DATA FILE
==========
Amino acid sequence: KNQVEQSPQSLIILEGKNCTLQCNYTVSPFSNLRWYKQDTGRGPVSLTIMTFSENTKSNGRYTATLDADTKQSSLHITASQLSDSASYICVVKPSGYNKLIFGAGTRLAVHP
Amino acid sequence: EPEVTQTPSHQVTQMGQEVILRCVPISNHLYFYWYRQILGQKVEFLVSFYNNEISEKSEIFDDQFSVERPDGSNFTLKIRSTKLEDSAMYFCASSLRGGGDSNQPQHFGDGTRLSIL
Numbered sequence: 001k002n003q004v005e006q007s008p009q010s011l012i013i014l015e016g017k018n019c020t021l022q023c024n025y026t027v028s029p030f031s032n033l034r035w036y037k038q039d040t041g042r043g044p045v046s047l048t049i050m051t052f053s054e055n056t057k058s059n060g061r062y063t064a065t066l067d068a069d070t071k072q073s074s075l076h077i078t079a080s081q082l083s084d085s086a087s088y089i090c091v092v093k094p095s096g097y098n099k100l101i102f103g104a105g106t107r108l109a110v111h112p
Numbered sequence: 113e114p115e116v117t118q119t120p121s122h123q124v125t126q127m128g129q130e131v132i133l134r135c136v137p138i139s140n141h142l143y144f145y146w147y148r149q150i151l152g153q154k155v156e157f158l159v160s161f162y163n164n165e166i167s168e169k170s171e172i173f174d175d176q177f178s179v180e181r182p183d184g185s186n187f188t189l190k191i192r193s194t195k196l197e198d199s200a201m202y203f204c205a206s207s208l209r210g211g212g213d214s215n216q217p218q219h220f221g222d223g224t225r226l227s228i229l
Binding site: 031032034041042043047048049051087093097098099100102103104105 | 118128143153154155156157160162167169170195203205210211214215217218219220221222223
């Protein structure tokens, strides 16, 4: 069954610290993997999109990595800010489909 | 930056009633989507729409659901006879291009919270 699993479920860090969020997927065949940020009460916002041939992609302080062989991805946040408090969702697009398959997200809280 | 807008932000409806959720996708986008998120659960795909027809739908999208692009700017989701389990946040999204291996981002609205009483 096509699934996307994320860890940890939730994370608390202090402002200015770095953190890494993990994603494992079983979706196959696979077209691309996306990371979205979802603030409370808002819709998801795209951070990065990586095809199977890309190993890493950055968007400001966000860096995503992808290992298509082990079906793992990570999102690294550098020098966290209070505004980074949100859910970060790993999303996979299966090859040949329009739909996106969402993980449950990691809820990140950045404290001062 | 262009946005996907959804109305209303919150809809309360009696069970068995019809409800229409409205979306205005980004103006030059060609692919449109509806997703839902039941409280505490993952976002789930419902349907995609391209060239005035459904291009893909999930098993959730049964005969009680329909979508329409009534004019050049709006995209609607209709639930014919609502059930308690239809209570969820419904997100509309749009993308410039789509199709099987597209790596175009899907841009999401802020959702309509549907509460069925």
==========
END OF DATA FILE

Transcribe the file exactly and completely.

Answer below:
Amino acid sequence: KNQVEQSPQSLIILEGKNCTLQCNYTVSPFSNLRWYKQDTGRGPVSLTIMTFSENTKSNGRYTATLDADTKQSSLHITASQLSDSASYICVVKPSGYNKLIFGAGTRLAVHP
Amino acid sequence: EPEVTQTPSHQVTQMGQEVILRCVPISNHLYFYWYRQILGQKVEFLVSFYNNEISEKSEIFDDQFSVERPDGSNFTLKIRSTKLEDSAMYFCASSLRGGGDSNQPQHFGDGTRLSIL
Numbered sequence: 001k002n003q004v005e006q007s008p009q010s011l012i013i014l015e016g017k018n019c020t021l022q023c024n025y026t027v028s029p030f031s032n033l034r035w036y037k038q039d040t041g042r043g044p045v046s047l048t049i050m051t052f053s054e055n056t057k058s059n060g061r062y063t064a065t066l067d068a069d070t071k072q073s074s075l076h077i078t079a080s081q082l083s084d085s086a087s088y089i090c091v092v093k094p095s096g097y098n099k100l101i102f103g104a105g106t107r108l109a110v111h112p
Numbered sequence: 113e114p115e116v117t118q119t120p121s122h123q124v125t126q127m128g129q130e131v132i133l134r135c136v137p138i139s140n141h142l143y144f145y146w147y148r149q150i151l152g153q154k155v156e157f158l159v160s161f162y163n164n165e166i167s168e169k170s171e172i173f174d175d176q177f178s179v180e181r182p183d184g185s186n187f188t189l190k191i192r193s194t195k196l197e198d199s200a201m202y203f204c205a206s207s208l209r210g211g212g213d214s215n216q217p218q219h220f221g222d223g224t225r226l227s228i229l
Binding site: 031032034041042043047048049051087093097098099100102103104105 | 118128143153154155156157160162167169170195203205210211214215217218219220221222223
């Protein structure tokens, strides 16, 4: 069954610290993997999109990595800010489909 | 930056009633989507729409659901006879291009919270 699993479920860090969020997927065949940020009460916002041939992609302080062989991805946040408090969702697009398959997200809280 | 807008932000409806959720996708986008998120659960795909027809739908999208692009700017989701389990946040999204291996981002609205009483 096509699934996307994320860890940890939730994370608390202090402002200015770095953190890494993990994603494992079983979706196959696979077209691309996306990371979205979802603030409370808002819709998801795209951070990065990586095809199977890309190993890493950055968007400001966000860096995503992808290992298509082990079906793992990570999102690294550098020098966290209070505004980074949100859910970060790993999303996979299966090859040949329009739909996106969402993980449950990691809820990140950045404290001062 | 262009946005996907959804109305209303919150809809309360009696069970068995019809409800229409409205979306205005980004103006030059060609692919449109509806997703839902039941409280505490993952976002789930419902349907995609391209060239005035459904291009893909999930098993959730049964005969009680329909979508329409009534004019050049709006995209609607209709639930014919609502059930308690239809209570969820419904997100509309749009993308410039789509199709099987597209790596175009899907841009999401802020959702309509549907509460069925």